When you shop for an acoustic guitar in a music store, you should sit and put the guitar on your lap. See how it feels between your chest and your strumming arm. You should also see if your chord hand fits comfortably around the neck. There is no wrong body style, especially for beginners. What we want to emphasize is you put comfort first before looking at other elements.

2.    Tonewoods

How you play the guitar, and the kind of sounds you like will determine the right tonewood for you. A delicate player like a finger-style player will choose a wood that will respond to that style. Someone who uses a pick will use a wood that requires more force.

Guitar craftsmen believe that the type of wood used for the top of an acoustic guitar is the most important factor in knowing what the instrument will sound like. Different tones are produced depending on the type of wood used. Sitka spruce is the most common material used for tops and is generally a better choice for those using a pick. Fingerpickers with a delicate touch may be more drawn to a wood like cedar. The price of an acoustic guitar also depends on the rarity and grade of tonewoods.

3.    Feel the resonation and listen to the projection

After you have set the body style that you want, the sound of the acoustic guitar is next. How does the body or the wood vibrate when you strum? Beginners might not be able to tell the difference, but when you have played your share of guitars, you will notice. Another thing you have to look for is projection.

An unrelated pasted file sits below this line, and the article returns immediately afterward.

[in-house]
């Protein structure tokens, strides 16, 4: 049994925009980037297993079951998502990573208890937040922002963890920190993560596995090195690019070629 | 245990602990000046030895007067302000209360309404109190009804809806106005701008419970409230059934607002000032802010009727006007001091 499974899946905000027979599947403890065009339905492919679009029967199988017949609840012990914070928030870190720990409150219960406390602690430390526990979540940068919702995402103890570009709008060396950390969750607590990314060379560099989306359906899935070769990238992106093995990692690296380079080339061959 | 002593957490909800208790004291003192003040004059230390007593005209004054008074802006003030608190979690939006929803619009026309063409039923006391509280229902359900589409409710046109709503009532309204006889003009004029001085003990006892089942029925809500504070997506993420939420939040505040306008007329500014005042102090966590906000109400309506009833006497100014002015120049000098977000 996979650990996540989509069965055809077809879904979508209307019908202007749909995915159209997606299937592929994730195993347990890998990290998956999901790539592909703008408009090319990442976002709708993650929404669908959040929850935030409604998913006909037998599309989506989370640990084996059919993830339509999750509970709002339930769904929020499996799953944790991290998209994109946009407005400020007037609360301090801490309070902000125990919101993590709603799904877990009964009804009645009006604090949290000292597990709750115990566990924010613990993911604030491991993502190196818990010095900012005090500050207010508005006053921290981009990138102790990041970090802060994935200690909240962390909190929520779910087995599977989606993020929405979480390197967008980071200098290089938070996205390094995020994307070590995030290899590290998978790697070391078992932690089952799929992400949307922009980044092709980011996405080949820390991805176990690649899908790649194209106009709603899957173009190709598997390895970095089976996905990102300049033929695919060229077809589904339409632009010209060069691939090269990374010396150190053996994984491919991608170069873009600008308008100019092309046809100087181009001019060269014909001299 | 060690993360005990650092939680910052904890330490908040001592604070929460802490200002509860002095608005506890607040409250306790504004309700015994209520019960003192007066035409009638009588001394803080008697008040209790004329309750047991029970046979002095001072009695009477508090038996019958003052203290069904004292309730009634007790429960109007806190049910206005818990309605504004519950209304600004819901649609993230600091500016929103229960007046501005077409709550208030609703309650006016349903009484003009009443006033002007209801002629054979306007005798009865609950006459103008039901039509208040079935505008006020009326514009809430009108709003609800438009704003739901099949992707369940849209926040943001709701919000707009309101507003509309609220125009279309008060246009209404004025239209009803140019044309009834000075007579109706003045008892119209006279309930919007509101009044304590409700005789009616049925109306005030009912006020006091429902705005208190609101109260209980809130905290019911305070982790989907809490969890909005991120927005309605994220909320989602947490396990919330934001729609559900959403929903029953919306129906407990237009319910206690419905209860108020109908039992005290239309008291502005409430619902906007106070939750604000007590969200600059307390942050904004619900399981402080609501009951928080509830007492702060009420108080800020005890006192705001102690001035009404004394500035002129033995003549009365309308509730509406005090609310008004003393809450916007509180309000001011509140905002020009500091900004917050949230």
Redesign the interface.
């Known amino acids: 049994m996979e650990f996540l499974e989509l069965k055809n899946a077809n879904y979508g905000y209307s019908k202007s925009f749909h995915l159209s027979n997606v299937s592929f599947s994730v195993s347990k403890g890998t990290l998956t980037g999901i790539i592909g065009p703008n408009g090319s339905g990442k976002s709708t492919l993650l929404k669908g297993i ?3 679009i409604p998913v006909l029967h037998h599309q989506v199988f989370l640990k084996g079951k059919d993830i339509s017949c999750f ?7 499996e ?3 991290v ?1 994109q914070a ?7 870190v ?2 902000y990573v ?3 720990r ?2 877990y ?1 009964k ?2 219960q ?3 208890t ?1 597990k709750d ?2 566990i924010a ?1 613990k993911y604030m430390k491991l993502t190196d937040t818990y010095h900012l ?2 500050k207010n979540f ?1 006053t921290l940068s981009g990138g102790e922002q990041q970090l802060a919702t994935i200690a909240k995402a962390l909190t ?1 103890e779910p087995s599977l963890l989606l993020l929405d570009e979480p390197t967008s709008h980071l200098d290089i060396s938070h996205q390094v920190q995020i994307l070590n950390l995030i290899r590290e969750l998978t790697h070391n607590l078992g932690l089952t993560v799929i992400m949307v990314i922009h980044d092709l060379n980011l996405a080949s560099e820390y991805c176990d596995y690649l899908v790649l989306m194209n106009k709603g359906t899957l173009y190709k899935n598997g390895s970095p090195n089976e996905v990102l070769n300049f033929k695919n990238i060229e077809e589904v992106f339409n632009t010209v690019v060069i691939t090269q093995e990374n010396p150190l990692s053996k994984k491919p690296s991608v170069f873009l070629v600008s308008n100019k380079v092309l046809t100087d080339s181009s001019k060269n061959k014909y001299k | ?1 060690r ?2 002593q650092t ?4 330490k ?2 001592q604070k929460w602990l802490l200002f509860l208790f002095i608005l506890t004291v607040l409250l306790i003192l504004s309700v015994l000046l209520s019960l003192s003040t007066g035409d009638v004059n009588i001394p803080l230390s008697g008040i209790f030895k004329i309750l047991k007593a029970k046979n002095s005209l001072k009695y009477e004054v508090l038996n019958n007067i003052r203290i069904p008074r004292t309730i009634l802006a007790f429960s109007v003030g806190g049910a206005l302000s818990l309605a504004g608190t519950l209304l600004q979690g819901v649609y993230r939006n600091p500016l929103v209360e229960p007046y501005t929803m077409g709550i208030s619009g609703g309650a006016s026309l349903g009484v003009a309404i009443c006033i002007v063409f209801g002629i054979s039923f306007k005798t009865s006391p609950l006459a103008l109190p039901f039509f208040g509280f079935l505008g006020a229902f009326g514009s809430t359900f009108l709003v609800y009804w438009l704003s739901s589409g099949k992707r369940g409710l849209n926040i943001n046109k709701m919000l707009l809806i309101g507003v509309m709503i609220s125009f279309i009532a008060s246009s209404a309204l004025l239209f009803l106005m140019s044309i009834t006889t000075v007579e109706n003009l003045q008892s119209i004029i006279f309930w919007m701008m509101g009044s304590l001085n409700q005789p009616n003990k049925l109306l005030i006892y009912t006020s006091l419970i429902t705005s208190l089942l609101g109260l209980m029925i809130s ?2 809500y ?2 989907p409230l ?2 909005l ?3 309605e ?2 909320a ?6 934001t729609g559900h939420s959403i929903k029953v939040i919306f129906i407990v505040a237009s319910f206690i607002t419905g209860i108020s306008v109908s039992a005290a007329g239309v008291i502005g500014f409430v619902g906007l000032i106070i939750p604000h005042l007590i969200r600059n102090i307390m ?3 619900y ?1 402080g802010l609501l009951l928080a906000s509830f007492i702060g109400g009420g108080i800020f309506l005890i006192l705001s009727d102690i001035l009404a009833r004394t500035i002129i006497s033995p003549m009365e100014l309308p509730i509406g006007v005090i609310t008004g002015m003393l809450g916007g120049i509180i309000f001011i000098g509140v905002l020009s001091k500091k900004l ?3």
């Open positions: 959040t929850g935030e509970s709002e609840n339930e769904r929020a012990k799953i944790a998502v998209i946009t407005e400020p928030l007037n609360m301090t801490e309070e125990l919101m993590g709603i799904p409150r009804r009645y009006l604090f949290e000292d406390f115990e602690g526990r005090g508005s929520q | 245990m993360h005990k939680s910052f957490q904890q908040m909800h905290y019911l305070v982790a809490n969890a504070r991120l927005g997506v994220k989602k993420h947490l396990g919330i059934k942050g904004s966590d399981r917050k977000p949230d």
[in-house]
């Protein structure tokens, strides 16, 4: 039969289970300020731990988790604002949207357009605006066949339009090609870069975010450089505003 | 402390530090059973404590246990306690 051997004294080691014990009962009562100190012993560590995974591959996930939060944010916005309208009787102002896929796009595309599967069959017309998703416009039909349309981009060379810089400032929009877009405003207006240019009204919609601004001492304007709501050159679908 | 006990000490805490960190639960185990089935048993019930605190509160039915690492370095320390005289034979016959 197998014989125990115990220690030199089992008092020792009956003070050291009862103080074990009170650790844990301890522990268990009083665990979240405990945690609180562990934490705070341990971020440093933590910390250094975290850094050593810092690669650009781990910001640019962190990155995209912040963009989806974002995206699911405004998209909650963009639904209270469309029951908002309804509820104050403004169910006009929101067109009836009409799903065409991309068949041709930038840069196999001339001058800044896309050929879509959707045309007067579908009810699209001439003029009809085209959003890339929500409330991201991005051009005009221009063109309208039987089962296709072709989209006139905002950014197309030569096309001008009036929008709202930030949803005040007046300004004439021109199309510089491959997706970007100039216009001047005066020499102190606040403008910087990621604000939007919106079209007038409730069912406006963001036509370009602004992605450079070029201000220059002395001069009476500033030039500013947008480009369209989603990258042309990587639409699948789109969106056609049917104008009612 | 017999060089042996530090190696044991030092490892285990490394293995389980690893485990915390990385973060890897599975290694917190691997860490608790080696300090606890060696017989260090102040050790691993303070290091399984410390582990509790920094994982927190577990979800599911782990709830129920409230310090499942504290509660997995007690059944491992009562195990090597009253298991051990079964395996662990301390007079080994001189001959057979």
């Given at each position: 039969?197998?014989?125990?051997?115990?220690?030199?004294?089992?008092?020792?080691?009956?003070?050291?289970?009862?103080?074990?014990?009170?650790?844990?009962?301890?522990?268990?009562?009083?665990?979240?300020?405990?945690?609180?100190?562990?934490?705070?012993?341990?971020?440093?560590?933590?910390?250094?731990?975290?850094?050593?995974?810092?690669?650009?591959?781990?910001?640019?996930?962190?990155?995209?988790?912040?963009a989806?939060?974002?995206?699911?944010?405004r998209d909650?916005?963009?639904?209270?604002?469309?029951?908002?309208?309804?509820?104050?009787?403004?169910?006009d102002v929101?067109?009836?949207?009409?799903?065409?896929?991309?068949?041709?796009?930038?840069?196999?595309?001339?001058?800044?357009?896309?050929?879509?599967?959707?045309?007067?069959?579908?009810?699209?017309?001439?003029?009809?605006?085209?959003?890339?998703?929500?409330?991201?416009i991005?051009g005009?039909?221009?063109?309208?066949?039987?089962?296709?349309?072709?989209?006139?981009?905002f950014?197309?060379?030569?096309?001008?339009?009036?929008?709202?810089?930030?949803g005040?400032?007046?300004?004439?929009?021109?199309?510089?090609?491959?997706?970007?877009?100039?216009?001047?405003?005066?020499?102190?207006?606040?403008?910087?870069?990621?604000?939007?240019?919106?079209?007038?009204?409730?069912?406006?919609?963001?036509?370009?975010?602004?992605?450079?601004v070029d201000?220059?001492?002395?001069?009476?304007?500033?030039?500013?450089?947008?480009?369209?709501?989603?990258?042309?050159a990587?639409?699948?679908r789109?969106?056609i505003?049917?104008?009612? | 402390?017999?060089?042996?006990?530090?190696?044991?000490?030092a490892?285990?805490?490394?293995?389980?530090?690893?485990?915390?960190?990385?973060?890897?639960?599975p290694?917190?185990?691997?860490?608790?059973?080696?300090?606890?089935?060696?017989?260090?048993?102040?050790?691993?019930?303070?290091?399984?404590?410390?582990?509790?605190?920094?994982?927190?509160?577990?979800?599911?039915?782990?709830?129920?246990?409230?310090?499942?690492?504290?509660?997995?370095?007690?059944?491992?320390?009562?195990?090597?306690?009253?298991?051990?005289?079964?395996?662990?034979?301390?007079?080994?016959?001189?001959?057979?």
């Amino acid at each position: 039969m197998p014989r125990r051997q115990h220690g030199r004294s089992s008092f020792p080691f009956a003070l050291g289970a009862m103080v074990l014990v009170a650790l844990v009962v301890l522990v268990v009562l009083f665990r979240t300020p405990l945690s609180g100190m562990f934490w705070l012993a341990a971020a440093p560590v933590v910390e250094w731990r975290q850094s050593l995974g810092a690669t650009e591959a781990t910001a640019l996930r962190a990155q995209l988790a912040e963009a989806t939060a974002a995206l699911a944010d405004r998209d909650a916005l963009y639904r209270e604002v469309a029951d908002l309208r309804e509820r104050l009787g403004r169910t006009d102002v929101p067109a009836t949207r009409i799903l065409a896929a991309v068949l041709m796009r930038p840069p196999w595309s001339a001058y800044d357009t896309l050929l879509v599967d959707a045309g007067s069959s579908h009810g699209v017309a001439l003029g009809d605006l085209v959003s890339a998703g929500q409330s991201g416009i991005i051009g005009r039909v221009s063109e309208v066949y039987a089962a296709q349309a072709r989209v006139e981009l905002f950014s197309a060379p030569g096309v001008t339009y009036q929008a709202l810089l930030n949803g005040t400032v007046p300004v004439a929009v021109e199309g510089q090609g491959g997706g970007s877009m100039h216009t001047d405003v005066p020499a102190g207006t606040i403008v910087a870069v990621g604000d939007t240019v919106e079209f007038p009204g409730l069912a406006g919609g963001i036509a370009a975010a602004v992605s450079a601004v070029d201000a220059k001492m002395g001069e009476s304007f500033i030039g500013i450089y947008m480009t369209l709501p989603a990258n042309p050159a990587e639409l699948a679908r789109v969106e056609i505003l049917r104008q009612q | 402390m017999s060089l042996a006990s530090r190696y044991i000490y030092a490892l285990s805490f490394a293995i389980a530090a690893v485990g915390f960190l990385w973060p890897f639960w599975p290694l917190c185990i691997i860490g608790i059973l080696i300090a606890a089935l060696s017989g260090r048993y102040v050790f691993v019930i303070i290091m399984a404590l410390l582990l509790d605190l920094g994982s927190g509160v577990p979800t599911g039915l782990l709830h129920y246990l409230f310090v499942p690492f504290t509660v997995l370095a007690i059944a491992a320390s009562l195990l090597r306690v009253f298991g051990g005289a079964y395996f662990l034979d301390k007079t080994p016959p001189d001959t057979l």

Listening to a guitar’s projection is not something all guitar shoppers do. Ask someone to play the acoustic guitar you’re eyeing. This way you can hear if the sound is projecting clearly or is the sound still projecting strong even when played softly. Listen if you like the balance of high and low tones.  Keep in mind that the type, age, and gauge of strings that are on the instrument will have an effect on the tone and projection.

4.    Action and intonation check

Now that you had a body style and liked the sound, you test the action (distance the strings are from the frets) and intonation. A good music store can help you properly set up the guitar to fit your playing style.

For those armed with rulers, you can check measurements for the action. If you do not have a ruler with you, the naked eye shouldn’t see much of a noticeable increase in distance between the 5th fret and the 12th fret.

There are two ways to check intonation. First, play a chord then play that same one – the D chord, for example, starting on the 14th fret. If the sound is exactly the same, then it is good. The second way is called the harmonics method. Here, the sound you get when you play an open string at the 12th fret and the fretted note one octave higher should be identical. Adjustments to action can and will affect the intonation.

5.    Electronics

You may be looking for an acoustic guitar, but it is also important to point out that acoustic-electrics have gained popularity in the last decade. Not all electronics that you can find on the market are created equal. If you are looking for an acoustic-electric, you should see if the battery is readily available or if it comes with an onboard tuner.

6.    After-market service

Most acoustic guitars aren’t quite ready ‘out of the box.' A good music store will prepare your instrument for you. Neck adjustments, off-center pickups are centered, poorly placed bridge saddles, and loose bridge pins are seated, and the guitar is tuned and tested. A quality music store is an invaluable resource, providing care-taking instructions and, when necessary, repairs. Many will offer music lessons or be able to put you in touch with other musicians in your area.

The purchase of an acoustic guitar is unique.

Many times such instruments will stay in a family for generations, passing from hand to hand over years of family gatherings, holiday celebrations, and impromptu sing-songs. Researching and buying your acoustic guitar is an experience that shouldn’t be taken too lightly but which can be fun and rewarding as well.